• Residents said ZBC programming was of very poor quality, characterised by repetition of programmes and political propaganda hence it was unreasonable to charge Zimbabwean as much as $50 in licence fees.
  • Most residents have resorted to satellite television due to poor programming by ZBC hence they cannot pay for a service they are not accessing.
  • Residents also argued that the licence fees were steep in light of the fact that most Zimbabweans are unemployed while those who are employed earn salaries averaging $200, which is barely enough to meet necessities such as food, transport, electricity, water, school fees and emergencies such as medical costs.
Residents therefore argued that unless there is improvement in programming by ZBC, they will continue to resist paying licences.

BPRA activities for the weekend 2 and 3 July 2011

Bulawayo Progressive Residents Association (BPRA) will on Sunday 3 July 2011 be holding two public meetings in Emakhandeni and Cowdray Park. The meeting in Cowdray Park will take place from 10am to 12pm at Mahlathini Primary School while the one in Emakhandeni will take place from 2pm to 4pm at Emakhandeni Hall. The meetings are meant to discuss pertinent issues of service delivery including disconnection of power for residents with arrears by the Zimbabwe Electricity Supply Authority (ZESA), disconnection of water and erratic refuse collection by the Bulawayo City Council (BCC), and Zimbabwe Broadcasting Corporation (ZBC) television licences.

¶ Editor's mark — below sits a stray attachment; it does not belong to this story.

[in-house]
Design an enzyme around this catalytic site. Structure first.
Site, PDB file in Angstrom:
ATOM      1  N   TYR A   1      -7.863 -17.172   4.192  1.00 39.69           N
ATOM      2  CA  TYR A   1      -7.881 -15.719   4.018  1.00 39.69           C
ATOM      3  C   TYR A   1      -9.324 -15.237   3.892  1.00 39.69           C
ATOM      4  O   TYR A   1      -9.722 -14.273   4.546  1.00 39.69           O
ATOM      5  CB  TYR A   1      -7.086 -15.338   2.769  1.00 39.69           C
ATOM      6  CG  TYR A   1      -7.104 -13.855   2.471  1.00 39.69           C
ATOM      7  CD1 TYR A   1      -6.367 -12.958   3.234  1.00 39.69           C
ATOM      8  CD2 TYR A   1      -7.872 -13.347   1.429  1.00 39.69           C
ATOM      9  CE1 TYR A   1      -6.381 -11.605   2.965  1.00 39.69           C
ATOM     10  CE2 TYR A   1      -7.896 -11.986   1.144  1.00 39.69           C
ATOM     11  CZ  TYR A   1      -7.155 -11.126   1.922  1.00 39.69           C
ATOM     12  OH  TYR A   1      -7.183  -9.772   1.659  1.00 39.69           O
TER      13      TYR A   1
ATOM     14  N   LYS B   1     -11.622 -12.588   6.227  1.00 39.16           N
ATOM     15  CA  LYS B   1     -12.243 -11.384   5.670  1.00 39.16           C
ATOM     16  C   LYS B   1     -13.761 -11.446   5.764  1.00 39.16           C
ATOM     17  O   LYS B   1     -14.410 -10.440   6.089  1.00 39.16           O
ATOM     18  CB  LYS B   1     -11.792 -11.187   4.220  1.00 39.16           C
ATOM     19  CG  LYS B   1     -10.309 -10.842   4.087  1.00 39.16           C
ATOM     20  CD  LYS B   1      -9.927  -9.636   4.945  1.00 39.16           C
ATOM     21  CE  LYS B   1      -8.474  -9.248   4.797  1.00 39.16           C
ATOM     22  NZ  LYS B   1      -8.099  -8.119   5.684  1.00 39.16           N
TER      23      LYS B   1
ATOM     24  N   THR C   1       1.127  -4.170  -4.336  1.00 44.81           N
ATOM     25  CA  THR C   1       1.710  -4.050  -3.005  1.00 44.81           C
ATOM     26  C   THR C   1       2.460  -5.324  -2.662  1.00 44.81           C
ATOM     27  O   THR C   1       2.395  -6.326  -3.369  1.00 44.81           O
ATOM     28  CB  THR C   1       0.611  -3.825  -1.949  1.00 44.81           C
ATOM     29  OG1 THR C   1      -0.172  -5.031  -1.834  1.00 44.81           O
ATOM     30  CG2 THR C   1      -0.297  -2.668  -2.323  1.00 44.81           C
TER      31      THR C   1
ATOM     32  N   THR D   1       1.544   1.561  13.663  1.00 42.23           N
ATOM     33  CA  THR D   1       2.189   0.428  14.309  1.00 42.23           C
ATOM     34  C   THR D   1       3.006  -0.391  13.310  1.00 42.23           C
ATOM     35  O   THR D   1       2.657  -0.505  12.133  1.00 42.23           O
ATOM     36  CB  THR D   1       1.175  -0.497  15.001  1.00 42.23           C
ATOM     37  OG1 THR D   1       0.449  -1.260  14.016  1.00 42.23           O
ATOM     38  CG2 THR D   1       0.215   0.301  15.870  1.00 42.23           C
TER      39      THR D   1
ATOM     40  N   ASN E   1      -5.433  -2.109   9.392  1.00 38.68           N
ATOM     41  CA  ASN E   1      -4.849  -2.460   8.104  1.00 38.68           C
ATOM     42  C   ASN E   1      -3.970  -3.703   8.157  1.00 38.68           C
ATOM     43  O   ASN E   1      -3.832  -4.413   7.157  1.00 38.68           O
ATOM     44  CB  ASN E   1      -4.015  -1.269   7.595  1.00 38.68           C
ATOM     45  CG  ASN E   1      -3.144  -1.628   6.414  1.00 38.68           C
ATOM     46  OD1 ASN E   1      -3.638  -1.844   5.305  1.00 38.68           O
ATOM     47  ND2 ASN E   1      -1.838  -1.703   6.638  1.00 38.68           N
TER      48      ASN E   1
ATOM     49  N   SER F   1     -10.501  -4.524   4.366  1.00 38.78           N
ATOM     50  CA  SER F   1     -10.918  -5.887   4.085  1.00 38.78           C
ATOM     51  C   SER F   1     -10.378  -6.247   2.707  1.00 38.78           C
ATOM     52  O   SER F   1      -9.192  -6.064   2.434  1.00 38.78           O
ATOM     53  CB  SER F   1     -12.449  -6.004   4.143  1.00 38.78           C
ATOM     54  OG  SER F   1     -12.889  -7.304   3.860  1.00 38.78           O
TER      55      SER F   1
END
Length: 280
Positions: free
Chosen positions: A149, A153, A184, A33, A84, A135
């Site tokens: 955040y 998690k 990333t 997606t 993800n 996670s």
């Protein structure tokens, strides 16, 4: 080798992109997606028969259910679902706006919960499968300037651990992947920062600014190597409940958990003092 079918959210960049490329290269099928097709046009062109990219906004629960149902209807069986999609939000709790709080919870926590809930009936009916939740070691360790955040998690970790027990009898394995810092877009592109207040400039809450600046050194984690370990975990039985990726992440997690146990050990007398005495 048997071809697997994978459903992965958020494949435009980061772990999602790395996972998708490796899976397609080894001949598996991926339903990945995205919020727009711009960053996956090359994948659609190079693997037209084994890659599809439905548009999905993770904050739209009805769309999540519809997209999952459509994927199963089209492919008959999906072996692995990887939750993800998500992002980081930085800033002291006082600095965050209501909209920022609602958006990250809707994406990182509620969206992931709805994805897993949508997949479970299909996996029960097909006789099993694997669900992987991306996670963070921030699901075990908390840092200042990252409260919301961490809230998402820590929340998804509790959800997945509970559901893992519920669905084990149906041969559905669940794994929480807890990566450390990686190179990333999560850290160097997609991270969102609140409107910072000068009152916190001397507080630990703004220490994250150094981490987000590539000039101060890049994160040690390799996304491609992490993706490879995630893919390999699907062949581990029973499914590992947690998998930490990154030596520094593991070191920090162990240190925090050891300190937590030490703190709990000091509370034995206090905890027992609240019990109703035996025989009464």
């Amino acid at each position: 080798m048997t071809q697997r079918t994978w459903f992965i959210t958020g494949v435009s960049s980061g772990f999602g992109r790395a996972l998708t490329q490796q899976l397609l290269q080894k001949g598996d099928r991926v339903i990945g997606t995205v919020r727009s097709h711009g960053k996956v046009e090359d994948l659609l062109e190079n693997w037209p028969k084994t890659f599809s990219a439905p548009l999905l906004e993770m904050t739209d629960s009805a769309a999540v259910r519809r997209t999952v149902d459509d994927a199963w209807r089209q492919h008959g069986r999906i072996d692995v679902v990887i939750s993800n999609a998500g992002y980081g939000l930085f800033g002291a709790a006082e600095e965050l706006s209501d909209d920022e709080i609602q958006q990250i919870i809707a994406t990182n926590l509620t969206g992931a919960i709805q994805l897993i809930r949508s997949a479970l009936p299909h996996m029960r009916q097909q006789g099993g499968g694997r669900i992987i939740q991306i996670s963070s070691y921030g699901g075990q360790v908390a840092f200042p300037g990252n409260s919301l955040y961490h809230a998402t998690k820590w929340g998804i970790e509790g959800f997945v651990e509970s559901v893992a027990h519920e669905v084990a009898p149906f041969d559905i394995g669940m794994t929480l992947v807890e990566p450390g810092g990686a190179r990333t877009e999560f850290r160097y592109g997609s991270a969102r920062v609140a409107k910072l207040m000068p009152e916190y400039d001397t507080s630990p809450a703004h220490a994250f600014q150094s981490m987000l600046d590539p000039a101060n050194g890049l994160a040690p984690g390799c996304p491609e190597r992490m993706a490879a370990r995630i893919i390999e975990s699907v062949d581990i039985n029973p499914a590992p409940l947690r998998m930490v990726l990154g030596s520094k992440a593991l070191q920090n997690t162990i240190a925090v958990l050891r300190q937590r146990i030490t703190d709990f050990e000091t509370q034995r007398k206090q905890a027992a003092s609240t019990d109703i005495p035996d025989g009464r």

These issues have been identified by residents in the two areas as needing to be addressed hence BPRA has provided a platform for the residents to air their views on them. Representatives from ZBC and BCC have been invited. The councilors for the areas will also be present.